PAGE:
If a story begins, “it seemed like a good idea at the time,” it probably wasn’t. This is today’s cat story. I’ve written before about our cat, Doll. I received her as a Father’s Day gift in 1996. I believe her to be part cat and part squirrel because of her tendency to climb great heights around the house, and then take great leaps of faith. She rests during the day so that she can hunt for her toy mouse after we go to bed, and then she brings it to us with triumphant howls around midnight, and/or around 3 a.m. and again around 4:30 or 5:00. A very close relative of mine began rewarding this effort with a flashlight shining on her victorious capture and with words of praise. She loves words of praise in the middle of the night.
So when this close relative saw there was a free cat game available for download to a smart phone or mini-tablet, it sounded like fun. The game, by the way, is for the cat. Just as partaking in word and skill games is supposed to keep aging minds active, this cat game is designed to help elderly cats stay alert. Doll loves to play her game. All she has to do is tap the moving red dot on the screen and she gets 100 points, and a beep, for as long as she wants to play. If this sounds like something your cat would enjoy, I have two suggestions when handing expensive electronics over to your cat: make certain your cat has been declawed; and, have a tight-fitting case for the occasional screen licking. Doll loves this game so much she wants to play it whenever her humans get out their electronic devices. This can get annoying.
This all reminds me of that Bible verse in Galatians 6 which points out that people reap what they sow. This passage cautions us to be mindful of our actions, for we must live with the results. And sometimes the results may keep us up at night.
Keep healthy. Pray mightily. Enjoy your life today. Sow well. And let’s experience the love and power of God together.
As the adorned bride was walking outside to enter the chapel for her wedding, she looked up and spotted the groom walking toward his car. I had no choice but to smile and wave. She kept walking. I kept going. I tell this true story to most brides-to-be, hoping that it might lower the stress of their wedding day. For the most part it increases their curiosity about the “runaway” groom. They place themselves in the story and begin to wonder what they would do if they spotted their groom leaving the church 10 minutes before the ceremony. If I’m not careful, this can become a new wedding horror for them to dwell on.
I have seen my share of weddings through the years and have discovered most friends of the couple tell all manner of wedding disaster stories with glee. My reason for telling about the time I drove away from the church waving to my bride is to recast the story as a wedding memory to be shared, and to point out that something unexpected may happen. Brides, grooms, mothers and/or wedding planners cannot control everything. My advice is to relax, look beautiful and let the wedding unfold–which is easy for me to say, so I ask the couple to pick someone else to stress over the details on the big day. They have to trust others.
I waved to my bride and sped off to the apartment a few blocks away. I found the wedding ring, hurried back to the church, and was on time, waiting at the altar when she walked down the aisle. Dorothy has always said she was not worried. She did not know why I was leaving, but she had faith in me and knew I would be back. Sometimes we have to trust God, trust each other and live in the understanding that we do not always know the whole story. We lived happily ever after.
Keep healthy. Pray mightily. Enjoy your life today. Trust God. And let’s experience the love and power of God together.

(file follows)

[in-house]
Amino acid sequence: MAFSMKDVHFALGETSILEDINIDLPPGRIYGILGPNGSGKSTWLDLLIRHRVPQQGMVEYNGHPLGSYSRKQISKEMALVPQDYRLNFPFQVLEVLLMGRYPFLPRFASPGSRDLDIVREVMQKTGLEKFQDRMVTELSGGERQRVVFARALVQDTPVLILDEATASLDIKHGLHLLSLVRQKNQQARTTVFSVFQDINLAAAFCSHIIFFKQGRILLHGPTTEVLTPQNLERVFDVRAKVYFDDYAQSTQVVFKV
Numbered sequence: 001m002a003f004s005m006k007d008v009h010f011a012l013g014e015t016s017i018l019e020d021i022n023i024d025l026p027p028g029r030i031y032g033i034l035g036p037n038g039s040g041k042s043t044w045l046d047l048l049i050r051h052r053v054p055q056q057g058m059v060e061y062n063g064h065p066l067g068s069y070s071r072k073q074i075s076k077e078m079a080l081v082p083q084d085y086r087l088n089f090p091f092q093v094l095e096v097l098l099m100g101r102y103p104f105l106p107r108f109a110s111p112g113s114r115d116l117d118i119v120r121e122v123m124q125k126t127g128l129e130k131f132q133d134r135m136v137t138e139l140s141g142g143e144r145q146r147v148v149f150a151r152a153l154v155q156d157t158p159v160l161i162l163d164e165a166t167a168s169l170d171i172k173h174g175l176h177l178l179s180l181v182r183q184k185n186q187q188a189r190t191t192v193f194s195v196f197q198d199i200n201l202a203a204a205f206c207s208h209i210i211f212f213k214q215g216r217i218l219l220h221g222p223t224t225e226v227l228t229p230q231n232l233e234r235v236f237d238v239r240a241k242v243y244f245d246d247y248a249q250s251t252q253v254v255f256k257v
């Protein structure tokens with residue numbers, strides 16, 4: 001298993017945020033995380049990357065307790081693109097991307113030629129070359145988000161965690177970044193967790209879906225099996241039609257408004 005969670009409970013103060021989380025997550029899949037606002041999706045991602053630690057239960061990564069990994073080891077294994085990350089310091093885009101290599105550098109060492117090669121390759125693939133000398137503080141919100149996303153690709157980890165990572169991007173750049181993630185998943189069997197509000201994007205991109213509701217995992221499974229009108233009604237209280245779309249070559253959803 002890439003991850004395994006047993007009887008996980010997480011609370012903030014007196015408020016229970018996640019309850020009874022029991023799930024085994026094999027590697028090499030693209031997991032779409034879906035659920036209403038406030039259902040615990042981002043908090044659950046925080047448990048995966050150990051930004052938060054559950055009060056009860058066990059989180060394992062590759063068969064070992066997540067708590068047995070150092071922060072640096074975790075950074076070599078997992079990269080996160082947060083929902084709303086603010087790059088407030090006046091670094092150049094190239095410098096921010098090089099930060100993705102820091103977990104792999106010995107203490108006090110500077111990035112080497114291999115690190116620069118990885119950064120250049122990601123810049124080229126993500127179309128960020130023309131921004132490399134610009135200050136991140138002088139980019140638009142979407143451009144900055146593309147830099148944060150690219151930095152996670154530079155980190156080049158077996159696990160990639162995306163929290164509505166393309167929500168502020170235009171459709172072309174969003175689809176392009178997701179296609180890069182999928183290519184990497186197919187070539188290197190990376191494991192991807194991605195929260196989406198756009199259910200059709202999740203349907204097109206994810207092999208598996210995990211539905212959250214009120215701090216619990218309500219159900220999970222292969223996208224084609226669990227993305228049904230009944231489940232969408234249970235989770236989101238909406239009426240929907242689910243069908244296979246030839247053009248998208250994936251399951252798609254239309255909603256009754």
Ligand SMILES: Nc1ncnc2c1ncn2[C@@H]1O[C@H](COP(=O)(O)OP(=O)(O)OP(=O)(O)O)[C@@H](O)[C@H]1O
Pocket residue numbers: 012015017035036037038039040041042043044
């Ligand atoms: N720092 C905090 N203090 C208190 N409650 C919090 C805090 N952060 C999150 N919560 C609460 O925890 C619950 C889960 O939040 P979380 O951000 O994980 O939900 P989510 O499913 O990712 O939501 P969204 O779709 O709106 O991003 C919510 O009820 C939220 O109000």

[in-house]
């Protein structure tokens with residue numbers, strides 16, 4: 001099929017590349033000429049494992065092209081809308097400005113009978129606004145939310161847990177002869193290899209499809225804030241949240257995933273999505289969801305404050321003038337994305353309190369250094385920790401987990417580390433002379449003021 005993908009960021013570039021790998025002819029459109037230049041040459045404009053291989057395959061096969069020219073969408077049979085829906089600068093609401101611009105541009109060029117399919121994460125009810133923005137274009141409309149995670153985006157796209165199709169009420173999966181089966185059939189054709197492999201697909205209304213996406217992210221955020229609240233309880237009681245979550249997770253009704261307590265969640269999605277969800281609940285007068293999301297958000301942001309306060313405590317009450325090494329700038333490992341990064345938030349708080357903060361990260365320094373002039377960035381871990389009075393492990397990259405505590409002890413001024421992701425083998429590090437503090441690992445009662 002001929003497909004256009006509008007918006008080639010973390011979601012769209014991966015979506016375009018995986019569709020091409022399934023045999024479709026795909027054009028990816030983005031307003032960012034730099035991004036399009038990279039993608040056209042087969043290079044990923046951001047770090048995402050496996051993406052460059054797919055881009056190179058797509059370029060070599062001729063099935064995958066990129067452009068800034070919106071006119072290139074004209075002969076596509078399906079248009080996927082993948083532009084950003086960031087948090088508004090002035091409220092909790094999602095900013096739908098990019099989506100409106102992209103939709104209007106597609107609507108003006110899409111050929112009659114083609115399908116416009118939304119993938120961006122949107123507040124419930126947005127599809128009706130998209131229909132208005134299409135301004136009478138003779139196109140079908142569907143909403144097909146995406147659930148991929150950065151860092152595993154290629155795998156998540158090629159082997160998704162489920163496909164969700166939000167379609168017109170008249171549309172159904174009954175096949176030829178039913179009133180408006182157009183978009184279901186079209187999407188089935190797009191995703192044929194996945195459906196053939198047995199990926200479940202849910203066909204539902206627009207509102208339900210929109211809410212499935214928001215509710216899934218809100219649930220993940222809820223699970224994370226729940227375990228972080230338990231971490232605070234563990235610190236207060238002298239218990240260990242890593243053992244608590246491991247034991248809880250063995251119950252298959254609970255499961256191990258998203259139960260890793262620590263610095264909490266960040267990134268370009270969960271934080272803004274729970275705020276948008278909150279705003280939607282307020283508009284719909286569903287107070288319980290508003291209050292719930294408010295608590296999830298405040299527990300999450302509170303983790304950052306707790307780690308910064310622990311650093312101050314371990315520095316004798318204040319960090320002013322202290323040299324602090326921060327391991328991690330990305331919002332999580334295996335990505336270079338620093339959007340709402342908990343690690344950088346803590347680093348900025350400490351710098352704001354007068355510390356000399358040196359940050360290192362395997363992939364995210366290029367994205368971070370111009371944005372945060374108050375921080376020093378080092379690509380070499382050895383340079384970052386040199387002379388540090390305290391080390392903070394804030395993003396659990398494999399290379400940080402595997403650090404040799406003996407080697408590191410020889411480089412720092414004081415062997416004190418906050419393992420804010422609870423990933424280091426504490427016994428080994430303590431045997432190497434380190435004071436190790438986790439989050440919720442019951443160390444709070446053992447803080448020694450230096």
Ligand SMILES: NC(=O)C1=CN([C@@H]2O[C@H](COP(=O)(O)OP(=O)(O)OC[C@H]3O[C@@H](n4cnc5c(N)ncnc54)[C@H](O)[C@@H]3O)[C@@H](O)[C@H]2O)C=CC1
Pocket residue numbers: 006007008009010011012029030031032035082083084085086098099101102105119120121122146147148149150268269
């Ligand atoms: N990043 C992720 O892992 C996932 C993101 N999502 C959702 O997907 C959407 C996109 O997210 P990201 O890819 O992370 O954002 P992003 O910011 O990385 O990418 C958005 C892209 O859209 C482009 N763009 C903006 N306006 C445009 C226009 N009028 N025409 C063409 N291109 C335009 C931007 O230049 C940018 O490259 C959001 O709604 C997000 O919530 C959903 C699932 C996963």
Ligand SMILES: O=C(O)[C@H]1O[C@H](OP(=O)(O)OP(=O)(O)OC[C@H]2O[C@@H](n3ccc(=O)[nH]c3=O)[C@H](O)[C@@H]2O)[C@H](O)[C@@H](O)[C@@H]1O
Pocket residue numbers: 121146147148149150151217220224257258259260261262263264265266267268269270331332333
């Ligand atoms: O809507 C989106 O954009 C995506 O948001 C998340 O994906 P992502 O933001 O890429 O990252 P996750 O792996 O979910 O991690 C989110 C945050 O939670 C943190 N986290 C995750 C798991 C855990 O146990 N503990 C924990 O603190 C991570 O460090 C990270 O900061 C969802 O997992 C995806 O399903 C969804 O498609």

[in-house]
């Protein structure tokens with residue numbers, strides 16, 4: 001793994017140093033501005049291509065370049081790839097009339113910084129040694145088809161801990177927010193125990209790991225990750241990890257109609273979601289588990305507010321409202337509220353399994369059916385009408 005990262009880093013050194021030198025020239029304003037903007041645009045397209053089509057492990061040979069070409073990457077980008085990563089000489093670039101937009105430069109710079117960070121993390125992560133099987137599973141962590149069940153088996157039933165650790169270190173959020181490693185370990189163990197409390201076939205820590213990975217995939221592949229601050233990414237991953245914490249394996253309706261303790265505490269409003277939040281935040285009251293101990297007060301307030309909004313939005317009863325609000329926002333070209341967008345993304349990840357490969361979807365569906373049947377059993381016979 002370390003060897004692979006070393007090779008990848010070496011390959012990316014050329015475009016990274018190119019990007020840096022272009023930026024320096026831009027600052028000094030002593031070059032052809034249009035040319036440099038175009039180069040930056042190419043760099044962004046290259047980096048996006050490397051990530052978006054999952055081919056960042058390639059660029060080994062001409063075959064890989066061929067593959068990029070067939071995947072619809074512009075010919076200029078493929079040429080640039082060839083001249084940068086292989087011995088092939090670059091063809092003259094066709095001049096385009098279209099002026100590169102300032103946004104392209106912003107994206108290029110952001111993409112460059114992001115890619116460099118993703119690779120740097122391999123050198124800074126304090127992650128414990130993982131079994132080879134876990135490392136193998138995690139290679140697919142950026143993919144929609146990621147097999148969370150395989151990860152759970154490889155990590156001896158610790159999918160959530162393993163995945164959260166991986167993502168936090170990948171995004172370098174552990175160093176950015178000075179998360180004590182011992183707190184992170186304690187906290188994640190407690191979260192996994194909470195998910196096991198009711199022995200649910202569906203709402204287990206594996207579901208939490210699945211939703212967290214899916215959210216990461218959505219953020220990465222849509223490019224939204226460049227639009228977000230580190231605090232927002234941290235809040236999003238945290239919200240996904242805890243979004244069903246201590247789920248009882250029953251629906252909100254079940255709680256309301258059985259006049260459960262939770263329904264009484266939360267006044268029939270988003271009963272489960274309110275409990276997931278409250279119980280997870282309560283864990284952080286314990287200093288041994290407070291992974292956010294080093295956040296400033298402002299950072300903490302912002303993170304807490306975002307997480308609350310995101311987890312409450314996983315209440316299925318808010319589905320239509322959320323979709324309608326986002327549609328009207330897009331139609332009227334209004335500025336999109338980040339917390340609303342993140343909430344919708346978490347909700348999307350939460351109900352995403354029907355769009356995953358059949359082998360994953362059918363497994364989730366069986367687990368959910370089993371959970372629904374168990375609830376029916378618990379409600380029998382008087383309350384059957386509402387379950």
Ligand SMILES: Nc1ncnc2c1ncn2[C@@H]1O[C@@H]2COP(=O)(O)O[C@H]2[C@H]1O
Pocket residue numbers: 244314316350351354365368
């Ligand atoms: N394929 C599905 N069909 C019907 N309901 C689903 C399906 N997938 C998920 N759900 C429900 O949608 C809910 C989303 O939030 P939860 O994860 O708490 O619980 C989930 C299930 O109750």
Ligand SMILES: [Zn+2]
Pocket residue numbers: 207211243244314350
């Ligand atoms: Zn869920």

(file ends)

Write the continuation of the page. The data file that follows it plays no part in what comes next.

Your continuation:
I was asked to bring a reflective meditation for Tulsa’s Will Rogers High School Hall of Fame Ceremony. It was held on November 4, 2013, Will Rogers’ birthday. It was also the inaugural event for the high school’s 75th anniversary year of celebration. I began by imagining what it must have felt like to be a teenager in the fall of 1939 as the first students sat in that magnificent 1,500 seat art deco auditorium. Students and teachers alike found themselves in a million-dollar building on what had been a cattle pasture a couple of years earlier. The Depression, the Dust Bowl and clouds of war were daily topics of conversation. Today there are two very senior alumni left from that first graduating class. Looking back from the future is all about learning the stories.
For the past few years I have been hearing stories from some of the attendees of the high school’s 50th Anniversary. For months some of those same people have been planning the 75th Anniversary Gala to be held on April 12th. (Go to www.WillRogersFoundation.net for details.) It will be a grand reunion with hundreds of former students and faculty. I encouraged the class of 1989 and others to take good notes because 2039 and the 100th Anniversary of the school is not that far away. I ended my part by asking God to continue to bless the legacy of those who dreamed of a future shaped by inspired teenagers who would go on to do great things.
The future is always closer than we think. I remember as a boy trying to figure out how old I would be in the year 2000. That was impossibly far away, if I even lived that long. Now it is 2014 already. What will your life be like in 2020? That’s just six years away. Do you have a future vision for yourself, your family and your church? Do not give up on your future. In our ever-changing times, the future is still built on our life stories and relationships, guided by God’s Word and redemptive love.
Keep healthy. Pray mightily. Enjoy your life today. Discover the future. And let’s experience the love and power of God together.
After completing the macramé phase of my life, I turned to cross-stitch, with an occasional adventure in needlepoint. After all, you can only make so many hanging flower pot holders for all of your friends and relatives. New friends and more relatives were gifted with little pictures, sayings and Christmas stitchery. Some were graciously received. I stitched one piece that is framed and hangs in my office. It is about four letter words.
English is a very rich language consisting of approximately one million words,* yet a handful of vulgarities seem to lace daily life with too much regularity. Why does it seem to take weeks and weeks to teach a child “please and thank you,” or “Yes, ma’am or No, sir,” and only one time for a misplaced ugly word to be instantly memorized and utilized by that same child? It is probably time to upgrade our use of the four letter word.
“Four Letter Words that Change the World”
Love. Hope. Care. Help.
Heal. Work. Play. Feel.